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Tapping the light of faith in diplomacy


Ties between Saudi Arabia and Israel keep warming up, a sign of momentous shifts underway in the Middle East. The latest example came Tuesday. The Israeli tourism minister arrived in Riyadh and was the first Israeli minister to lead a delegation to the kingdom. Next week, the Israeli communications minister is expected to make a similar trip to the heartland of Islam.

Some of the groundwork for these official visits was laid years ago. In 2018, Saudi Arabia welcomed a group of Jewish leaders and other religious figures to a forum on “common values among religious followers.” Then in 2019, the Muslim World League, based in Mecca, issued a charter calling for toleration by majority-Muslim countries of all religions. In 2020, the imam of the Great Mosque in Mecca said Islam requires Muslims to respect non-Muslims and treat them well.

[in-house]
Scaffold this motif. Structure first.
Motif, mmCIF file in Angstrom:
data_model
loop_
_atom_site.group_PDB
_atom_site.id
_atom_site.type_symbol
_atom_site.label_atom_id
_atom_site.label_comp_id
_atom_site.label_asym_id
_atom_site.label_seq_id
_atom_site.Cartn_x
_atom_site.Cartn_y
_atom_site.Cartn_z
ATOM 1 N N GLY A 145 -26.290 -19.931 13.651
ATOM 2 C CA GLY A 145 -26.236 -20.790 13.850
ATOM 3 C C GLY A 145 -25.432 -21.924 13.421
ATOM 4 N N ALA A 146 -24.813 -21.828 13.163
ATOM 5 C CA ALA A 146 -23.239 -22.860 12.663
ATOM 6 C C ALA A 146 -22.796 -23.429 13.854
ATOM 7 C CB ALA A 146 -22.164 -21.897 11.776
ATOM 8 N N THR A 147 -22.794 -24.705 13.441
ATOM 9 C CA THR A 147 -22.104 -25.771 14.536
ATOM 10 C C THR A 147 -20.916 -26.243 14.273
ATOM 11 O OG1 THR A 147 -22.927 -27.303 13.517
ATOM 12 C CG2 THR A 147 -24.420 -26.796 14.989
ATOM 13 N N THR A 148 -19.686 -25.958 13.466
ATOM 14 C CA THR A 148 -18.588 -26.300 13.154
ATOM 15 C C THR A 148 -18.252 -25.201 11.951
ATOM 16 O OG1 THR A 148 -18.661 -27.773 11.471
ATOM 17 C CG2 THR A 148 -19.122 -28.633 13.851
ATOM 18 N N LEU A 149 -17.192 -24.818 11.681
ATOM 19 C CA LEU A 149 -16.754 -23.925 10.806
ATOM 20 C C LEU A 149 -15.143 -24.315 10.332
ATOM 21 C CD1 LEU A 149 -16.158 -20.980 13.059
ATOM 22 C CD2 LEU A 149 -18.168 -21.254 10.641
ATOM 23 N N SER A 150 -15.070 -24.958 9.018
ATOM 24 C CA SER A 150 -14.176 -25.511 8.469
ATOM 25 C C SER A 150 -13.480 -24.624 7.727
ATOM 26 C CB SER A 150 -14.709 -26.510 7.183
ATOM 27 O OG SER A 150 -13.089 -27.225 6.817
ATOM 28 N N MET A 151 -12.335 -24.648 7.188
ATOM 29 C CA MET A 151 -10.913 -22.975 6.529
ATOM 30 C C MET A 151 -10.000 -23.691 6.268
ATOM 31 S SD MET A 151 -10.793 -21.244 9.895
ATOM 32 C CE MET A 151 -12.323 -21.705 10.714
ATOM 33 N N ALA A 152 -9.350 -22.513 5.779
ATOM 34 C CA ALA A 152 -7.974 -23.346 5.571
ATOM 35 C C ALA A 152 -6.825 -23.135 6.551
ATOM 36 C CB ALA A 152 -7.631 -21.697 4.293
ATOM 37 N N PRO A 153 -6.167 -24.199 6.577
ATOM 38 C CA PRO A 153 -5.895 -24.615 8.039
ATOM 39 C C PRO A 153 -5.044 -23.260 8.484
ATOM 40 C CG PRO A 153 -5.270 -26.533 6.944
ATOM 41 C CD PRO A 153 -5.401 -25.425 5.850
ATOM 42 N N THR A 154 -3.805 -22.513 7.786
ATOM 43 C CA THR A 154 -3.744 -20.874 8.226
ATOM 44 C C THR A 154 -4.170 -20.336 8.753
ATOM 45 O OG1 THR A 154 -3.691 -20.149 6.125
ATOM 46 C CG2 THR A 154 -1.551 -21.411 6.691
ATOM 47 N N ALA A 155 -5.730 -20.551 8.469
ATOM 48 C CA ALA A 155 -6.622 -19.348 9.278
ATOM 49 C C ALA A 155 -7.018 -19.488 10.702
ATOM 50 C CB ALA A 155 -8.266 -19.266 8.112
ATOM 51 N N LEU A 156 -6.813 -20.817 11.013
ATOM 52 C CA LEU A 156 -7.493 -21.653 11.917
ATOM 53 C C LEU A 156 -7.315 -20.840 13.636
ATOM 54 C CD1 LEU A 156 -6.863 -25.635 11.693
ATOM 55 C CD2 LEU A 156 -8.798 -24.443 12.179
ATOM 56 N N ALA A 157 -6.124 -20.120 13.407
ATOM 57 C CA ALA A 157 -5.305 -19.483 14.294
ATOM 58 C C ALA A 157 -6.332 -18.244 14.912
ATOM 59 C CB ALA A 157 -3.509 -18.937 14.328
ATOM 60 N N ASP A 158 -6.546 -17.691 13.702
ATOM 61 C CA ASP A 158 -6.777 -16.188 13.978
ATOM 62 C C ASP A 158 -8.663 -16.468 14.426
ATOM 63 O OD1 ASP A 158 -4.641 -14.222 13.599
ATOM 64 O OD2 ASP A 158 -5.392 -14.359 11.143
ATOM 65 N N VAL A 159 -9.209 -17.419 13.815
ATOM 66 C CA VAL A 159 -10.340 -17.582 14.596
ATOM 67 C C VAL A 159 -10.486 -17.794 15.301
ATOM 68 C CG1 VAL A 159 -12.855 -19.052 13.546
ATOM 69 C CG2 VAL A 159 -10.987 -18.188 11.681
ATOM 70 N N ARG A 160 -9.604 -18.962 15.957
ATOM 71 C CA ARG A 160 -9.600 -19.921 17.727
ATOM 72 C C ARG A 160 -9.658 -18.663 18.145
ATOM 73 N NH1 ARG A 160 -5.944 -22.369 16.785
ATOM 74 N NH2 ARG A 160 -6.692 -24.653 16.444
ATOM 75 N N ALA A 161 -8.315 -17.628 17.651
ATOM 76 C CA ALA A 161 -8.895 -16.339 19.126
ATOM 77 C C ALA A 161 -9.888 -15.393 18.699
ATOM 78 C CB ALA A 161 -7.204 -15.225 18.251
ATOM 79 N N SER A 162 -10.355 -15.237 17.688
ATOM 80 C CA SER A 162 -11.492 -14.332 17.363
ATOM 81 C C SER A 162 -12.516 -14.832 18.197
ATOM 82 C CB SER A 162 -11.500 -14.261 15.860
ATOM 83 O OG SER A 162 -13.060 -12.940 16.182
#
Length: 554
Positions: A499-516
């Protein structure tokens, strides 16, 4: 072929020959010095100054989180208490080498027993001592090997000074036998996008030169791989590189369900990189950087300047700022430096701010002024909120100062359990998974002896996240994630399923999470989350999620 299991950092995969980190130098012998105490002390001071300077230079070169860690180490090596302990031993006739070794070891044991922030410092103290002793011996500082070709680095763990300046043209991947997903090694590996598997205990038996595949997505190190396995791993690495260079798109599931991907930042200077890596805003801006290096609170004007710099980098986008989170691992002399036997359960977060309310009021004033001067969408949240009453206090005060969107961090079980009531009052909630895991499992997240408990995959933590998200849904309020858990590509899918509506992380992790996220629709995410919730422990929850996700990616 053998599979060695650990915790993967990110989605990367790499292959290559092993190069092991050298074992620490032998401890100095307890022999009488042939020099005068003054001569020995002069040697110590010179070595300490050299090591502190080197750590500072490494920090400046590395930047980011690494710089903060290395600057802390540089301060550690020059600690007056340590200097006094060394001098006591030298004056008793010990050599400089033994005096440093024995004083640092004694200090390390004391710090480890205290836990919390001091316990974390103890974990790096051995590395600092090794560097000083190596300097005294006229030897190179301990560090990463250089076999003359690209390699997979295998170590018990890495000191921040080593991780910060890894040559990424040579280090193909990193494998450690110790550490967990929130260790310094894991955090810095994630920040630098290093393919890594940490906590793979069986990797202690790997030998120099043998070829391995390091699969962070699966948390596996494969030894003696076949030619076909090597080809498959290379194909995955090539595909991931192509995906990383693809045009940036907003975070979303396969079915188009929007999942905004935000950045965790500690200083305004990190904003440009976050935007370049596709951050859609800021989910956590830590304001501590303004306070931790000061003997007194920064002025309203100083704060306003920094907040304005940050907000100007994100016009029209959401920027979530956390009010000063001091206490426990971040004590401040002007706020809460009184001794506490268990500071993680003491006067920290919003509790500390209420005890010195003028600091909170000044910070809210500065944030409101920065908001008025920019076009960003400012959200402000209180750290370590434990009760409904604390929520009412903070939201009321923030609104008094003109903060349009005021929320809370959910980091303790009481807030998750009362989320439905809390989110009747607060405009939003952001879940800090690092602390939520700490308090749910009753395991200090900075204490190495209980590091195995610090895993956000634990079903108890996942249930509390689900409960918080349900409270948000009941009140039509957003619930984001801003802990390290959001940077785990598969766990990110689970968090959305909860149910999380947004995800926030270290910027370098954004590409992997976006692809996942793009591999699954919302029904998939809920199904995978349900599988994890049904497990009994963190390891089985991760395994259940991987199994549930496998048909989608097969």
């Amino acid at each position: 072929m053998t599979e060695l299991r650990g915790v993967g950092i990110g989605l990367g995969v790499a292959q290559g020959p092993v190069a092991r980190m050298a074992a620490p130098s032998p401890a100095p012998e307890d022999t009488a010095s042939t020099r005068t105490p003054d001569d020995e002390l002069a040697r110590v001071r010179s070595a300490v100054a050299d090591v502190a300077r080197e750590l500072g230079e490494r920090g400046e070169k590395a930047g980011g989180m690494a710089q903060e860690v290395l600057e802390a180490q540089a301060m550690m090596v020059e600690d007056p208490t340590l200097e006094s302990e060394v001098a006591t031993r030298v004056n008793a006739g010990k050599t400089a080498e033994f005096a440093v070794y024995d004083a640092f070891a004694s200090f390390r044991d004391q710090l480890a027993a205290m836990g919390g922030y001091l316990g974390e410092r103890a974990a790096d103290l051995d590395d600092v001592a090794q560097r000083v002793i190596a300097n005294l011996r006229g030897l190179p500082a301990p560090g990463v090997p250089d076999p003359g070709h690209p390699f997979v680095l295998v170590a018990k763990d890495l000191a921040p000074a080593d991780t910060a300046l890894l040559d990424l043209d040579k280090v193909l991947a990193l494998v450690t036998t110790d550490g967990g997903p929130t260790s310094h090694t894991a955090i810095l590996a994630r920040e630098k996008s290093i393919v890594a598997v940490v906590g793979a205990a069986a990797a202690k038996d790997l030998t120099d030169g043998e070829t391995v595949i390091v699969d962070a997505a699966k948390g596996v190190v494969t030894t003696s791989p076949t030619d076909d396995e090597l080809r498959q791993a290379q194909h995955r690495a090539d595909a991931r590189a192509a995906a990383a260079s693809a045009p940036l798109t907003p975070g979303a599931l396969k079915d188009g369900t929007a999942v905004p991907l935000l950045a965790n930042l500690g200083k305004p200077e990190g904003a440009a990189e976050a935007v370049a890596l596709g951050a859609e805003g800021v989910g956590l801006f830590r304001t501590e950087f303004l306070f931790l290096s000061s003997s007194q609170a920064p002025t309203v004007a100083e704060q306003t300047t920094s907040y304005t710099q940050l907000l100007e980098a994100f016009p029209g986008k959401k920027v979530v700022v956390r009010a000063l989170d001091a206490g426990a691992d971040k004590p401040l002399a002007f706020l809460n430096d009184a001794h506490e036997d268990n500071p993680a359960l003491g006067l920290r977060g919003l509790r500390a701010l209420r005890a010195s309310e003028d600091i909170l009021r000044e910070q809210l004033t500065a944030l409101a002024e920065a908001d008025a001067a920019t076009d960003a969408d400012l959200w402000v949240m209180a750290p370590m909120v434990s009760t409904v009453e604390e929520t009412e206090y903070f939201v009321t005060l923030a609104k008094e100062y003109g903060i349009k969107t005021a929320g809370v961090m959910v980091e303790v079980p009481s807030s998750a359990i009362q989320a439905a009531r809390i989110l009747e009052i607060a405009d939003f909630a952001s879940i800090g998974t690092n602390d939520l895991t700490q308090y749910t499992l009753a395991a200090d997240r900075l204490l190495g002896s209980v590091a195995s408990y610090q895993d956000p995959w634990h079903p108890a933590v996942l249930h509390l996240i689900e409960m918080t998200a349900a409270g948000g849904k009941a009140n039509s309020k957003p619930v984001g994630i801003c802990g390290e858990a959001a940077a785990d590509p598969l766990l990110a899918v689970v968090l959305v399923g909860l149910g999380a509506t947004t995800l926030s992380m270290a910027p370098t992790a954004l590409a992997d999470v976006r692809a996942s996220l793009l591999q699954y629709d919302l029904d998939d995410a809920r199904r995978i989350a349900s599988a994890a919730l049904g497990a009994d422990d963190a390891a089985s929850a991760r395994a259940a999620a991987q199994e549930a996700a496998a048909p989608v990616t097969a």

Peace is often preceded by people of different faiths who reach an accord along shared truths. Religious communities, states the United States Institute for Peace, “maintain unique forms of relational, spiritual, and moral capital that are not available through other forms of human organization.”